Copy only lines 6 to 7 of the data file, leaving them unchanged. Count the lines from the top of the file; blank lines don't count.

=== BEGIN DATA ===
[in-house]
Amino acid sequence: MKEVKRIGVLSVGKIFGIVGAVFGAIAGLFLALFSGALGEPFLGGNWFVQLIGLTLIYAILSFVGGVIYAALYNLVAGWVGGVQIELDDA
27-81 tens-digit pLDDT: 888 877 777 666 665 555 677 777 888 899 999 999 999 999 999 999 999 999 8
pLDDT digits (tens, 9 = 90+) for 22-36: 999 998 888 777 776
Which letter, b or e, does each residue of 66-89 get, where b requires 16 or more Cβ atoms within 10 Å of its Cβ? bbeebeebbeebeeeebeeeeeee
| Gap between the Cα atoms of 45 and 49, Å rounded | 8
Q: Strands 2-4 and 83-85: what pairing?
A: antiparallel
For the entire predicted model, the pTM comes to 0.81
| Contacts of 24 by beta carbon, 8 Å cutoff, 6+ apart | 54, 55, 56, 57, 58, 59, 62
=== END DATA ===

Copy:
| Gap between the Cα atoms of 45 and 49, Å rounded | 8
Q: Strands 2-4 and 83-85: what pairing?